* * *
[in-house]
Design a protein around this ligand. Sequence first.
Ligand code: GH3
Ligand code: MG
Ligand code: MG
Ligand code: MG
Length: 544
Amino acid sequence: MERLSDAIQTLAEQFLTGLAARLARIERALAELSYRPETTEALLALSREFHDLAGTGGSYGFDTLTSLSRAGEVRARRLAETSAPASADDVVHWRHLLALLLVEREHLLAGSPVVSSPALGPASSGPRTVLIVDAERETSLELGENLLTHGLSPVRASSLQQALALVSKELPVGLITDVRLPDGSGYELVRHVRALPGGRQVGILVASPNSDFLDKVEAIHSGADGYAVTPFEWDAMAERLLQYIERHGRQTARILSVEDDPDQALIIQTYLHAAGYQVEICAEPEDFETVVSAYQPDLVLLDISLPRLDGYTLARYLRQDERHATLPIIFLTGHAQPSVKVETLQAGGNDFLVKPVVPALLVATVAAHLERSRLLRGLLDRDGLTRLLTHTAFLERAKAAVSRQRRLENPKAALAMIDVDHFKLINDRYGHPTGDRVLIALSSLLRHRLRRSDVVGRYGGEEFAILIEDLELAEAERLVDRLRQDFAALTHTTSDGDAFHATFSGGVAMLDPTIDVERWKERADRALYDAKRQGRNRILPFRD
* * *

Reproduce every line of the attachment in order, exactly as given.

[in-house]
Design a protein around this ligand. Sequence first.
Ligand code: GH3
Ligand code: MG
Ligand code: MG
Ligand code: MG
Length: 544
Amino acid sequence: MERLSDAIQTLAEQFLTGLAARLARIERALAELSYRPETTEALLALSREFHDLAGTGGSYGFDTLTSLSRAGEVRARRLAETSAPASADDVVHWRHLLALLLVEREHLLAGSPVVSSPALGPASSGPRTVLIVDAERETSLELGENLLTHGLSPVRASSLQQALALVSKELPVGLITDVRLPDGSGYELVRHVRALPGGRQVGILVASPNSDFLDKVEAIHSGADGYAVTPFEWDAMAERLLQYIERHGRQTARILSVEDDPDQALIIQTYLHAAGYQVEICAEPEDFETVVSAYQPDLVLLDISLPRLDGYTLARYLRQDERHATLPIIFLTGHAQPSVKVETLQAGGNDFLVKPVVPALLVATVAAHLERSRLLRGLLDRDGLTRLLTHTAFLERAKAAVSRQRRLENPKAALAMIDVDHFKLINDRYGHPTGDRVLIALSSLLRHRLRRSDVVGRYGGEEFAILIEDLELAEAERLVDRLRQDFAALTHTTSDGDAFHATFSGGVAMLDPTIDVERWKERADRALYDAKRQGRNRILPFRD